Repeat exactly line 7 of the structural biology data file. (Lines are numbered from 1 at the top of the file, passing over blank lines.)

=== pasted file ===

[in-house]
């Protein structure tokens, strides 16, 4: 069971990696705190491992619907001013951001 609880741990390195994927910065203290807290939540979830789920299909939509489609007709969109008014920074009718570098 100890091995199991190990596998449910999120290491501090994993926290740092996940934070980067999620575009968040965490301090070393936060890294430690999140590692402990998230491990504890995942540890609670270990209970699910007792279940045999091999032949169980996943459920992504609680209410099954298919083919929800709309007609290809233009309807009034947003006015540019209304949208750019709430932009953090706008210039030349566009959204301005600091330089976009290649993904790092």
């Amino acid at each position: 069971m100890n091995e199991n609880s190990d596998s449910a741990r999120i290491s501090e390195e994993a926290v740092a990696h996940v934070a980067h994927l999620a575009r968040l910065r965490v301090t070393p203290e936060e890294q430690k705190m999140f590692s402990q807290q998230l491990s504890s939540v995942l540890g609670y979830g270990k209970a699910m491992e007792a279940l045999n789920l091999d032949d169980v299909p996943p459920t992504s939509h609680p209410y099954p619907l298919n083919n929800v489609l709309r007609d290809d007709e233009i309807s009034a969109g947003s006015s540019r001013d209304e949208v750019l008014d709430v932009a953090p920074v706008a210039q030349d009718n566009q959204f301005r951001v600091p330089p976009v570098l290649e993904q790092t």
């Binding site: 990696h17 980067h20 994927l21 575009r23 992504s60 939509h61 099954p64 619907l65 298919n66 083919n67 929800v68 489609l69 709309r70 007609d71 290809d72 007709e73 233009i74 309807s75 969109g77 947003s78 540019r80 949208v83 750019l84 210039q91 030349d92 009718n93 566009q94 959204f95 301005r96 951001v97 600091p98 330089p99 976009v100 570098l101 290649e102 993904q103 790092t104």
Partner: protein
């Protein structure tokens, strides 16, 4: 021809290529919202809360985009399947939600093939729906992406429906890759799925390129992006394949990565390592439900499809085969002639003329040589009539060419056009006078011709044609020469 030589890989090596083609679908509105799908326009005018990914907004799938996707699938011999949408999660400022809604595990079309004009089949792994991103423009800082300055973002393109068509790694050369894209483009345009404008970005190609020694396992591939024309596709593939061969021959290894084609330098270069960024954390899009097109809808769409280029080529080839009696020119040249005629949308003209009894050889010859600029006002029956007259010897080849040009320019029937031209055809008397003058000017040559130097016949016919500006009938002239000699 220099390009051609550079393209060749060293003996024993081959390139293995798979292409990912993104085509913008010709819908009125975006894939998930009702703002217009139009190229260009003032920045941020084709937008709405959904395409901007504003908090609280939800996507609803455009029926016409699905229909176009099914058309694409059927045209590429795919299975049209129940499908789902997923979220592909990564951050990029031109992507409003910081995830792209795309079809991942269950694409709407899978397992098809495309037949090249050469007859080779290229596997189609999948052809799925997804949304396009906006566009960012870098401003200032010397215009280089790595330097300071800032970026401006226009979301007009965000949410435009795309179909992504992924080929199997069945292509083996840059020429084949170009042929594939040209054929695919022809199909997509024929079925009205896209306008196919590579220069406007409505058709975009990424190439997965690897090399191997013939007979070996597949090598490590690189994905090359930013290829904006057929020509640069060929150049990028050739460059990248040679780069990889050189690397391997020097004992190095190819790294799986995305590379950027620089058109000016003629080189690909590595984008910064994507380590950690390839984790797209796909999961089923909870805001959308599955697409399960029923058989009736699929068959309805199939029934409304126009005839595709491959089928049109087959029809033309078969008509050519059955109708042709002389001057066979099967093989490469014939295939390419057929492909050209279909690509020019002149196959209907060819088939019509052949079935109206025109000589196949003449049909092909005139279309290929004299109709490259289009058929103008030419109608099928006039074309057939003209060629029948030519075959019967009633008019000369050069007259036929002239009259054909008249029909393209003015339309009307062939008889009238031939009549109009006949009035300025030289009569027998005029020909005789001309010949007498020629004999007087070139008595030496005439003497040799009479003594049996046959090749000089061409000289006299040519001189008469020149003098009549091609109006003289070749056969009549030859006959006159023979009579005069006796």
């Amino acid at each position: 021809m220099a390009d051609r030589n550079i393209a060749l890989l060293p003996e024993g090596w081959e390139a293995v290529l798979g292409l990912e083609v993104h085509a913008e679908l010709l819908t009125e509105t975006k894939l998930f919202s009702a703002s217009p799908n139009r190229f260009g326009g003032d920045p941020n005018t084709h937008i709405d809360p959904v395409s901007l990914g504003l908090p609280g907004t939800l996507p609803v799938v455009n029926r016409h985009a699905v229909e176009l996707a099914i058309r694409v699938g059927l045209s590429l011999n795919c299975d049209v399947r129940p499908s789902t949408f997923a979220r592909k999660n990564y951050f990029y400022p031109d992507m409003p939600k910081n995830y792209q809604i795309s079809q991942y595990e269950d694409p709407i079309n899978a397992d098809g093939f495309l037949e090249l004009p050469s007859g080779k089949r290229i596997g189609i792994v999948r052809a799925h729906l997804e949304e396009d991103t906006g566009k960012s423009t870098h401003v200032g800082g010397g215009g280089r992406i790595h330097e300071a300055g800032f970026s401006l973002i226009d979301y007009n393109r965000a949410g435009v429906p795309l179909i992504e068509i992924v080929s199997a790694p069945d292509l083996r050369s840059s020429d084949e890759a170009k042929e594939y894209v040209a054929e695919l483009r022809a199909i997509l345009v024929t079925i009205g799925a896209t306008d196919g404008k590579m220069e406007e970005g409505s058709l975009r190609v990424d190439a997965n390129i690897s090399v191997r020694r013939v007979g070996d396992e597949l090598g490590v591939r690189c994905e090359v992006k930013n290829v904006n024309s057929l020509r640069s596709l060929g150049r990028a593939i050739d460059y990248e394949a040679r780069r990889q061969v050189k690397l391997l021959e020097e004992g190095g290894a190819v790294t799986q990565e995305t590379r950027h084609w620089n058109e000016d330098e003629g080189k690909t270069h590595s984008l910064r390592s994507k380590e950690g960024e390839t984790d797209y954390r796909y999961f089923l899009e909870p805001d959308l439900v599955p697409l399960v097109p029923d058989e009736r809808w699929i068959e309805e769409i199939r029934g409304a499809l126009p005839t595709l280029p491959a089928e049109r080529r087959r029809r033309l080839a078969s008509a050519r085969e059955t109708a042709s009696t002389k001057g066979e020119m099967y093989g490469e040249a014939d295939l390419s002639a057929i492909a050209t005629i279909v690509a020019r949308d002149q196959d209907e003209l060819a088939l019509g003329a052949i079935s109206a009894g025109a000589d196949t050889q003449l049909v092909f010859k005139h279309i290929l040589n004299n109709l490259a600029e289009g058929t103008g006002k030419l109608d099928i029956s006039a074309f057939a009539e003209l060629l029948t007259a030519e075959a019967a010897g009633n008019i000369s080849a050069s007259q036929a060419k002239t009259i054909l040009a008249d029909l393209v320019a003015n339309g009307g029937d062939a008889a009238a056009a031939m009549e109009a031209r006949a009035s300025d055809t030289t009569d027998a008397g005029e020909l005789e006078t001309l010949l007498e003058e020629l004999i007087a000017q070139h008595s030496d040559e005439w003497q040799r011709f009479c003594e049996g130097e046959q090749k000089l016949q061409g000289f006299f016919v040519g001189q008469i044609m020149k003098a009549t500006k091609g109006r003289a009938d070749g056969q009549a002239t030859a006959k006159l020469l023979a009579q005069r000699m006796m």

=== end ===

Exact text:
């Amino acid at each position: 021809m220099a390009d051609r030589n550079i393209a060749l890989l060293p003996e024993g090596w081959e390139a293995v290529l798979g292409l990912e083609v993104h085509a913008e679908l010709l819908t009125e509105t975006k894939l998930f919202s009702a703002s217009p799908n139009r190229f260009g326009g003032d920045p941020n005018t084709h937008i709405d809360p959904v395409s901007l990914g504003l908090p609280g907004t939800l996507p609803v799938v455009n029926r016409h985009a699905v229909e176009l996707a099914i058309r694409v699938g059927l045209s590429l011999n795919c299975d049209v399947r129940p499908s789902t949408f997923a979220r592909k999660n990564y951050f990029y400022p031109d992507m409003p939600k910081n995830y792209q809604i795309s079809q991942y595990e269950d694409p709407i079309n899978a397992d098809g093939f495309l037949e090249l004009p050469s007859g080779k089949r290229i596997g189609i792994v999948r052809a799925h729906l997804e949304e396009d991103t906006g566009k960012s423009t870098h401003v200032g800082g010397g215009g280089r992406i790595h330097e300071a300055g800032f970026s401006l973002i226009d979301y007009n393109r965000a949410g435009v429906p795309l179909i992504e068509i992924v080929s199997a790694p069945d292509l083996r050369s840059s020429d084949e890759a170009k042929e594939y894209v040209a054929e695919l483009r022809a199909i997509l345009v024929t079925i009205g799925a896209t306008d196919g404008k590579m220069e406007e970005g409505s058709l975009r190609v990424d190439a997965n390129i690897s090399v191997r020694r013939v007979g070996d396992e597949l090598g490590v591939r690189c994905e090359v992006k930013n290829v904006n024309s057929l020509r640069s596709l060929g150049r990028a593939i050739d460059y990248e394949a040679r780069r990889q061969v050189k690397l391997l021959e020097e004992g190095g290894a190819v790294t799986q990565e995305t590379r950027h084609w620089n058109e000016d330098e003629g080189k690909t270069h590595s984008l910064r390592s994507k380590e950690g960024e390839t984790d797209y954390r796909y999961f089923l899009e909870p805001d959308l439900v599955p697409l399960v097109p029923d058989e009736r809808w699929i068959e309805e769409i199939r029934g409304a499809l126009p005839t595709l280029p491959a089928e049109r080529r087959r029809r033309l080839a078969s008509a050519r085969e059955t109708a042709s009696t002389k001057g066979e020119m099967y093989g490469e040249a014939d295939l390419s002639a057929i492909a050209t005629i279909v690509a020019r949308d002149q196959d209907e003209l060819a088939l019509g003329a052949i079935s109206a009894g025109a000589d196949t050889q003449l049909v092909f010859k005139h279309i290929l040589n004299n109709l490259a600029e289009g058929t103008g006002k030419l109608d099928i029956s006039a074309f057939a009539e003209l060629l029948t007259a030519e075959a019967a010897g009633n008019i000369s080849a050069s007259q036929a060419k002239t009259i054909l040009a008249d029909l393209v320019a003015n339309g009307g029937d062939a008889a009238a056009a031939m009549e109009a031209r006949a009035s300025d055809t030289t009569d027998a008397g005029e020909l005789e006078t001309l010949l007498e003058e020629l004999i007087a000017q070139h008595s030496d040559e005439w003497q040799r011709f009479c003594e049996g130097e046959q090749k000089l016949q061409g000289f006299f016919v040519g001189q008469i044609m020149k003098a009549t500006k091609g109006r003289a009938d070749g056969q009549a002239t030859a006959k006159l020469l023979a009579q005069r000699m006796m």